LONDON — Victoria’s Secret Beauty is embarking on the Grand Tour.
The division of Intimate Brands will hold a press conference here today at The Hempel, unveiling plans to cross the Atlantic and enter the British travel retail market, exclusively at World Duty Free — the retail arm of BAA, which has built its name on luxury fragrance and fashion retailing.
“This is an amazingly important launch for us. If it’s half as successful as we expect, it will be huge,” said Mark Riches, managing director of World Duty Free in an interview earlier this month.
The Victoria’s Secret beauty assortment, which has previously only been retailed in the U.S., including in military outlets, will make its debut in seven airport locations in mid-November, including all four terminals of Heathrow Airport, Gatwick North and South and at Stansted Airport. Victoria’s Secret executives said the November launch date was picked to capitalize on the gathering holiday traffic.
Sherry Baker, president of Victoria’s Secret Beauty, said in an interview in New York that the brand has spent its formative years in the U.S. building consumer awareness and encouraging product trial. Now, the brand will be able to capitalize on that awareness abroad, without the burdensome expense of brick-and-mortar investment.
While executives said there are no plans to sell Victoria’s Secret lingerie — it’s a tiny segment in travel retail — the power of the company’s image, first experienced when the annual fashion show was held in Cannes, is not lost on any of them.
Jill Granoff, chief operating officer of Victoria’s Secret Beauty, added that the company was attracted by the $5 billion market, which makes up the global travel retail business for just beauty. “This is a toe in the water,” said Granoff. “We want to learn about the consumer.”
The executives were quick to assert that World Duty Free owns a 20 percent share of fragrance sales in the U.K. They added that Victoria’s Secret will be setting up shop in the world’s busiest airport.
Victoria’s Secret has drafted a multiyear development plan, with an eye toward an eventual global exploration. Granoff noted that half the travel retail business is centered in Europe with the bulk of the remainder scattered around Asia. She added that Victoria’s Secret has the rights to merchandising its Aura Science brand in Asian travel retail distribution. Aura Science is jointly owned by Limited Brands and the Tokyo-based Shiseido.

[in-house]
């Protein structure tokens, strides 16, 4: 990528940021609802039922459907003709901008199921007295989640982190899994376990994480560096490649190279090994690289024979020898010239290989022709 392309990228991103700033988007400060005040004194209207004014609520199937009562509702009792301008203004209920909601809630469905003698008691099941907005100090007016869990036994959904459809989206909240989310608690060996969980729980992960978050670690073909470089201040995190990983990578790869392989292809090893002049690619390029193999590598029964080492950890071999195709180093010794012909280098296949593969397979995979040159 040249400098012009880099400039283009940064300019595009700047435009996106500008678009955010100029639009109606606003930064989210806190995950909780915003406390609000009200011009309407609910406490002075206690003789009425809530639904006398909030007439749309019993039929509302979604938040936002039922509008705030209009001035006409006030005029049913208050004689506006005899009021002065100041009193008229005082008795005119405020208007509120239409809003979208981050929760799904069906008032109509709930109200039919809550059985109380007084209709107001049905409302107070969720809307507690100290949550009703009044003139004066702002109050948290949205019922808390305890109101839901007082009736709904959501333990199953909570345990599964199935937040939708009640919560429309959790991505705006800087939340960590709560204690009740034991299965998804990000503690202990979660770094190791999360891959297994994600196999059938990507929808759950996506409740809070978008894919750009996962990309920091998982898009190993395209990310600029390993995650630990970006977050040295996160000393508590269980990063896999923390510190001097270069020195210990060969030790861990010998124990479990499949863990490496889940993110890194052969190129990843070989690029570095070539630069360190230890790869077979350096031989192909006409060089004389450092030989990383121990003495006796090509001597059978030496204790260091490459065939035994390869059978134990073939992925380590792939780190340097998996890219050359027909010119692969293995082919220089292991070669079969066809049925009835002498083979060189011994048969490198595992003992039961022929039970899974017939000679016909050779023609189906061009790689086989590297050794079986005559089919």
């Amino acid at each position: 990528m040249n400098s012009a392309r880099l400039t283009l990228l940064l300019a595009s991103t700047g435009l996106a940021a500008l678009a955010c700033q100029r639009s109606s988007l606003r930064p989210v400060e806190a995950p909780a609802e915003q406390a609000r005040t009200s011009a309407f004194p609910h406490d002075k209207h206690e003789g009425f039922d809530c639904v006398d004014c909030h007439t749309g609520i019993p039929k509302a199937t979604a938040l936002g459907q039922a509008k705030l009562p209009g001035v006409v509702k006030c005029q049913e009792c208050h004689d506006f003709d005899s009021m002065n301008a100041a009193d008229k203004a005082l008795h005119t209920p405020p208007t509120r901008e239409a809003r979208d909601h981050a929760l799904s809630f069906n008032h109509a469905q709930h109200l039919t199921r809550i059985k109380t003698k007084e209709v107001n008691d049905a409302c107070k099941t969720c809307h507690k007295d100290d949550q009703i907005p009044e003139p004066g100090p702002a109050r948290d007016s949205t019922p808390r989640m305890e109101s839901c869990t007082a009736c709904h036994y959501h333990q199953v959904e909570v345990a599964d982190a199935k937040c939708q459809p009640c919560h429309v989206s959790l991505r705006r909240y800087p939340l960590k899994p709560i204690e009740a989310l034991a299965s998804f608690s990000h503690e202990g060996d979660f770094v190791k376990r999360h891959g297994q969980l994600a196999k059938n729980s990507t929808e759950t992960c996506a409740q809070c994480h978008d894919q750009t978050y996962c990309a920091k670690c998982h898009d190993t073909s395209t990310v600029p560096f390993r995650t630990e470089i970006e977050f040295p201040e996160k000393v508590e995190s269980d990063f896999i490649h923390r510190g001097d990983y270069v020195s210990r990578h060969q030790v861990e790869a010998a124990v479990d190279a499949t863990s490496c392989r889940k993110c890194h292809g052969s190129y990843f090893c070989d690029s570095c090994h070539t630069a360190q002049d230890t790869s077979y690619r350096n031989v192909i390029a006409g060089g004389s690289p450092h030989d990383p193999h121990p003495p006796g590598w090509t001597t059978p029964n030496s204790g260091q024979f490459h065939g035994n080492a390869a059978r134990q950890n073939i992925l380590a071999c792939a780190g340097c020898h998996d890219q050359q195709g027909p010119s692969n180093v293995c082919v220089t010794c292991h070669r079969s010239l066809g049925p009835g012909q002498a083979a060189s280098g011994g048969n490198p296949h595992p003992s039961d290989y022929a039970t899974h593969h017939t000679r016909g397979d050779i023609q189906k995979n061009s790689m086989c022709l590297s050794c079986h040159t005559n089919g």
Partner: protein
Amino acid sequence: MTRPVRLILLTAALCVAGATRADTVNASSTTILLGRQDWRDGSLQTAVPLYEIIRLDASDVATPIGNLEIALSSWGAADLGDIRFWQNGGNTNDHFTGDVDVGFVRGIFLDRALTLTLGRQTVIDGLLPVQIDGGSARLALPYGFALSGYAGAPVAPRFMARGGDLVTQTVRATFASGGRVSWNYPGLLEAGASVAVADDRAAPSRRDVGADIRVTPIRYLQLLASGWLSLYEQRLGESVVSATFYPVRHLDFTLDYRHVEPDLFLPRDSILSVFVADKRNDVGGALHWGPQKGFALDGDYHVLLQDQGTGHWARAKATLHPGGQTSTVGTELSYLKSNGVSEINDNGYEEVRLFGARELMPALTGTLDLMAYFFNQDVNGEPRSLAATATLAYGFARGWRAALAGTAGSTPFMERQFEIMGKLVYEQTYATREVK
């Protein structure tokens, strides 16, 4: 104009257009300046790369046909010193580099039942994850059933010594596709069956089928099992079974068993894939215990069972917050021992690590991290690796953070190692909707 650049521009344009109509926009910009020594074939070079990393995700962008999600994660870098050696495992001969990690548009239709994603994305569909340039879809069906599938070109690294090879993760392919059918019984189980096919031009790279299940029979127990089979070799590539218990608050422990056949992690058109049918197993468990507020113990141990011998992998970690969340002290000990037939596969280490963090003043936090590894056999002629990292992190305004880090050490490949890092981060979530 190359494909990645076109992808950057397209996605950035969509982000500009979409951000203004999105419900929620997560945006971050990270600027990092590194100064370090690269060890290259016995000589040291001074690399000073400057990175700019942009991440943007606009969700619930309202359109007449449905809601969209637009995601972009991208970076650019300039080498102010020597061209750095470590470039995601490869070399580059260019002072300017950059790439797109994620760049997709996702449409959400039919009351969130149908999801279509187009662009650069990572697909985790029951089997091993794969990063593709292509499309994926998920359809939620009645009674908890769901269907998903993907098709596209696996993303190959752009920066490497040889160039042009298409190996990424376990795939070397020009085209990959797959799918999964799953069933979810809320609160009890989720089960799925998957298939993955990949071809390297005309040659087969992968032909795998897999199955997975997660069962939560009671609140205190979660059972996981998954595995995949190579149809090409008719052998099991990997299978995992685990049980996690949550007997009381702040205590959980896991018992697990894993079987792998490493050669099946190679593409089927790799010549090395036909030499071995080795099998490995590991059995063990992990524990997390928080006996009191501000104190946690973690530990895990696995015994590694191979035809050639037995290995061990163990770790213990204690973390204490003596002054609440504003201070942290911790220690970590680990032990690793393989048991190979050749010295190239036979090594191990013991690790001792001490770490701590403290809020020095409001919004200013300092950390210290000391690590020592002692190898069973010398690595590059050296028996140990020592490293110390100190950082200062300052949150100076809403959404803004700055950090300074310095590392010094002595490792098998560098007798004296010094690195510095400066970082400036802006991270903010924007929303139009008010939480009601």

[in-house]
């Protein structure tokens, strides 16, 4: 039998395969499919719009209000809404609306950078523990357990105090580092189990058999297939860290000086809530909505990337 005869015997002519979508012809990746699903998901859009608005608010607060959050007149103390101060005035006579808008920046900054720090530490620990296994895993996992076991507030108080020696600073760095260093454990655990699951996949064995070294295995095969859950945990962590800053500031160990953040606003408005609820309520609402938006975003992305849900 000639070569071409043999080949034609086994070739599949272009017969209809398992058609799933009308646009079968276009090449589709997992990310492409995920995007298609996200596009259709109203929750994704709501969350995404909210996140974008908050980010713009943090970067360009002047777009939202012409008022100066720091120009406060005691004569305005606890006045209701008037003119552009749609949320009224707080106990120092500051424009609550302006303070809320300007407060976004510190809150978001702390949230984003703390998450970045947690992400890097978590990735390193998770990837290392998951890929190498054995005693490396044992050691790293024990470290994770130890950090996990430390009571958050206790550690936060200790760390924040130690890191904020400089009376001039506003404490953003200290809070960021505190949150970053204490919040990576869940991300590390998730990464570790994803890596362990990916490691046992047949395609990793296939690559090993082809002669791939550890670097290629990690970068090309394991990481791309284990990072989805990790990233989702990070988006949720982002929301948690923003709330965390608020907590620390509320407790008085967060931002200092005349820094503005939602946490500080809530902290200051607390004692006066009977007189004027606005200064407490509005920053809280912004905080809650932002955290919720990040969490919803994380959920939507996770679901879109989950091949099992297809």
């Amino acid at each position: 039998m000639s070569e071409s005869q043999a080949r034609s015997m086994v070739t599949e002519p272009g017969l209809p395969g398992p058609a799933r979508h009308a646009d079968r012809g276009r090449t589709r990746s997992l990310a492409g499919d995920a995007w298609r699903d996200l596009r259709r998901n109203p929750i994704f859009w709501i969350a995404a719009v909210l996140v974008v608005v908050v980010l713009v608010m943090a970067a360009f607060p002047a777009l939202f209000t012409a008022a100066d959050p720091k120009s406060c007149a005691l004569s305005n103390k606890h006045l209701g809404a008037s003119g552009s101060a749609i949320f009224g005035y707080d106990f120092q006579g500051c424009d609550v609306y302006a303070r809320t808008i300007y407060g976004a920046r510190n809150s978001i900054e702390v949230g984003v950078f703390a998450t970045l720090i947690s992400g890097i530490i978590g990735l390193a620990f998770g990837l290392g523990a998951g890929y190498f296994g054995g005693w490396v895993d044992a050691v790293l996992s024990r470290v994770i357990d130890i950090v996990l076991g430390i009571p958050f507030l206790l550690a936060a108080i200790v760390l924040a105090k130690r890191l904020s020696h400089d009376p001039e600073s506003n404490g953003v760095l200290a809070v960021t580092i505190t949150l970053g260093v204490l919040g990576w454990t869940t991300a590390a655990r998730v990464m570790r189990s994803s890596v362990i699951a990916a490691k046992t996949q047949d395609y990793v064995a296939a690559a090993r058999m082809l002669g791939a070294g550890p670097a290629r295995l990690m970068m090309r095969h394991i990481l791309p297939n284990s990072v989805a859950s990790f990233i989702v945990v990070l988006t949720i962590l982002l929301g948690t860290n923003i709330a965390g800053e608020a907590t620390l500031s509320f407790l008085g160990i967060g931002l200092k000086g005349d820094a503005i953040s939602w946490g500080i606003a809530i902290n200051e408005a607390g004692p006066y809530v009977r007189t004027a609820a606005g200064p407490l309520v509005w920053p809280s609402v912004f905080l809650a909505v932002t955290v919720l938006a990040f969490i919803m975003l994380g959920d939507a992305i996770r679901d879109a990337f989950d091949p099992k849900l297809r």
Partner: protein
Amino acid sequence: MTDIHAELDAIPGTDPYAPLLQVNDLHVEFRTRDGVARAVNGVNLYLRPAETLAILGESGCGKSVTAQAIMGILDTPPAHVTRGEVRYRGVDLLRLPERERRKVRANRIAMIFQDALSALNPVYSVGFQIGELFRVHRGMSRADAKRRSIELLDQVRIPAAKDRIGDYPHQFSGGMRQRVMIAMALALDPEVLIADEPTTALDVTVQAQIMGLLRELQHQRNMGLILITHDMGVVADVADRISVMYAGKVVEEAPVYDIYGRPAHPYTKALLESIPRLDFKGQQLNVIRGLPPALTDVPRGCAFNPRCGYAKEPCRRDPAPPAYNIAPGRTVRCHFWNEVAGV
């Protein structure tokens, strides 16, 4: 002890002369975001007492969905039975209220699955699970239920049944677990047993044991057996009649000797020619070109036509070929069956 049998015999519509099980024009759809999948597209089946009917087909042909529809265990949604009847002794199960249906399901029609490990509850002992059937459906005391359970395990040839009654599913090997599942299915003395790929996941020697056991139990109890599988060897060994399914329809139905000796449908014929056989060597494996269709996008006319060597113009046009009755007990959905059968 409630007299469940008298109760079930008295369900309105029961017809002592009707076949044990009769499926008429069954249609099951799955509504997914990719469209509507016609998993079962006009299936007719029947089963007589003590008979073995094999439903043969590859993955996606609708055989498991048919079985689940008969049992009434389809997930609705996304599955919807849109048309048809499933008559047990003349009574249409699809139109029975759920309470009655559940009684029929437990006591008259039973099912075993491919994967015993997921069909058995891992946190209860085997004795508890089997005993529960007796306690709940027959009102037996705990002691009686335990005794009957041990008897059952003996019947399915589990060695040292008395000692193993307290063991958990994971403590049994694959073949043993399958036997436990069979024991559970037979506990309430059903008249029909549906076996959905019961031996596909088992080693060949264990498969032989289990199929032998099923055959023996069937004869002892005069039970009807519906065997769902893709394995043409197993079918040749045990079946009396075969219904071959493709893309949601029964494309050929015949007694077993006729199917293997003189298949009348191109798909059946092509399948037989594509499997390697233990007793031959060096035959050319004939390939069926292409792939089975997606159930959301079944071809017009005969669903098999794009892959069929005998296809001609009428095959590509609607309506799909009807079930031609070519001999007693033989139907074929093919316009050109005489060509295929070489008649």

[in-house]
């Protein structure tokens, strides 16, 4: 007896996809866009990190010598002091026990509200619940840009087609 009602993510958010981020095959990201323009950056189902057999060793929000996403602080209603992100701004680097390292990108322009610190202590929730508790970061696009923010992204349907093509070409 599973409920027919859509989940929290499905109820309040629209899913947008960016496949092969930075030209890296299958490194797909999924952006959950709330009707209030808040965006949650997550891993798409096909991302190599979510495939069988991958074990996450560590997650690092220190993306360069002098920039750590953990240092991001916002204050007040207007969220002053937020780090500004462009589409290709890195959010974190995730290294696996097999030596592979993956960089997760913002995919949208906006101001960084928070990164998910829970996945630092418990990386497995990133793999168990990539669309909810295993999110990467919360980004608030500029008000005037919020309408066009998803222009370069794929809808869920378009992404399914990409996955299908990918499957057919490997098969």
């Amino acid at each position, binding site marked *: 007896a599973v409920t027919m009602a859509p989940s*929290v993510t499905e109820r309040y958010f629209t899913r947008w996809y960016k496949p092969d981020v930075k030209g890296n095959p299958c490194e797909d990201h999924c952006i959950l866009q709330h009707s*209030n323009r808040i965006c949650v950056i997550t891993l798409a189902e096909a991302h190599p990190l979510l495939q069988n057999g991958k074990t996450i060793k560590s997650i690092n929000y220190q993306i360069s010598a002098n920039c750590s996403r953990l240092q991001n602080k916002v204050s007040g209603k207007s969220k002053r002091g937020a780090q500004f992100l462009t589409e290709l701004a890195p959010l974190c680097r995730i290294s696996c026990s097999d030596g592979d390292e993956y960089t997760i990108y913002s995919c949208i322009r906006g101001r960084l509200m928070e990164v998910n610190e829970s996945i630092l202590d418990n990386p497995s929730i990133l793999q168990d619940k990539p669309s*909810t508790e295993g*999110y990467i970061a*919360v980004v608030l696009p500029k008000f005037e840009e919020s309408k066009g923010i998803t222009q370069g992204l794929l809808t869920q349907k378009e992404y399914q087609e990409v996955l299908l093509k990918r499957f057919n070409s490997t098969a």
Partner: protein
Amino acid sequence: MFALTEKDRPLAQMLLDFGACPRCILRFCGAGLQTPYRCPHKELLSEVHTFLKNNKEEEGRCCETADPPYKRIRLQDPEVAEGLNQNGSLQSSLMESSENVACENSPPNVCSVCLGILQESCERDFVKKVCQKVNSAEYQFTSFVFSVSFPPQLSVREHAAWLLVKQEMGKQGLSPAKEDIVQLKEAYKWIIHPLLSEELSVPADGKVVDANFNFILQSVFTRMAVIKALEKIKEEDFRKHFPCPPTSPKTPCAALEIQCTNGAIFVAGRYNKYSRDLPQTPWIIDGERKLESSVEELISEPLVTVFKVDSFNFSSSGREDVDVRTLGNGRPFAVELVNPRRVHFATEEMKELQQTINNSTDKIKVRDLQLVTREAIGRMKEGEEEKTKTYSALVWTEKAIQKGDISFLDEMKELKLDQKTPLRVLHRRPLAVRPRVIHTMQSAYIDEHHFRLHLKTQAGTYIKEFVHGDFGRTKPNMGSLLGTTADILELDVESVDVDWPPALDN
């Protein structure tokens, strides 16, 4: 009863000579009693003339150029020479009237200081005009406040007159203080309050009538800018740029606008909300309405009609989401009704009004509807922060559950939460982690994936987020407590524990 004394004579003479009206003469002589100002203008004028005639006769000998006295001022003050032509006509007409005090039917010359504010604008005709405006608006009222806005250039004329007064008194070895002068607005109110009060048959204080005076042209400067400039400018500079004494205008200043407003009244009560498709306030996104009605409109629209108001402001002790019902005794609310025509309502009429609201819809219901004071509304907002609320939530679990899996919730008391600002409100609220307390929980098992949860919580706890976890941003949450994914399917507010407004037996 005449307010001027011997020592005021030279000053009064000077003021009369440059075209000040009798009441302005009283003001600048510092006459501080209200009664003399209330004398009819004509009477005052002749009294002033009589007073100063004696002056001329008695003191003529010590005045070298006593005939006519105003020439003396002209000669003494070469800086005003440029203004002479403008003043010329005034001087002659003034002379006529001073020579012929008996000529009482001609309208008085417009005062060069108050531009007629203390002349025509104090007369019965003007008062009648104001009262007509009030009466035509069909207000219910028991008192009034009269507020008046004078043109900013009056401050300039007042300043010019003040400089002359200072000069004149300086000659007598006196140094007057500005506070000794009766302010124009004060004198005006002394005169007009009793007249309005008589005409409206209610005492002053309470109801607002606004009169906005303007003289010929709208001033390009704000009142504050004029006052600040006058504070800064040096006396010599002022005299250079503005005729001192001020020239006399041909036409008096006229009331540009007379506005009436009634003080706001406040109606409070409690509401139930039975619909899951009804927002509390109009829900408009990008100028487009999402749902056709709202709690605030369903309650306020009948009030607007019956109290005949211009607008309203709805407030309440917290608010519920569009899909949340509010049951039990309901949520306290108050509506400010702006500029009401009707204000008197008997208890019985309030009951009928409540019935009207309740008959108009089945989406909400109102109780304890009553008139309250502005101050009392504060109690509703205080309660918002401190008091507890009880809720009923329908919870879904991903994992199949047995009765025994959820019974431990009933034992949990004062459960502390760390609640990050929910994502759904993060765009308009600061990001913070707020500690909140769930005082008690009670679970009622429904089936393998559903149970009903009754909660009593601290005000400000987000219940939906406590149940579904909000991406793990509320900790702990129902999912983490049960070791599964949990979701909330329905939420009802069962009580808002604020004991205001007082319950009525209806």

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Victoria’s Secret will put a strong emphasis on its assortment of prestige-priced fragrances in entering the travel retail market, Baker said, noting, “That’ll be a driver.”
Granoff said another strong element in the merchandising attack will be Victoria’s Secret’s assortment of “giftable” merchandise — everything from plush toy dogs to tree ornaments holding fragrances to gift set bags to color cosmetics kits.
Sandra Heppenheimer, who has been recruited as vice president of new business development for Victoria’s Secret Beauty, said she sees an avenue of attack in what she calls a “white space opportunity,” consisting of these gift-giving, novel and accessories items that few other vendors carry.
At BAA, Riches noted, “we have a wish list of brands and Victoria’s Secret is obviously one of them. It ticks all the boxes with us: It’s aspirational, currently not available in the U.K. and internationally recognized.” He added that, while the airport customer may not be aware of the beauty brand in particular, she knows exactly what Victoria’s Secret is. “People read magazines and they watch ‘Sex and the City.’ The brand name is so strong, and the company is so good at managing lifestyle.”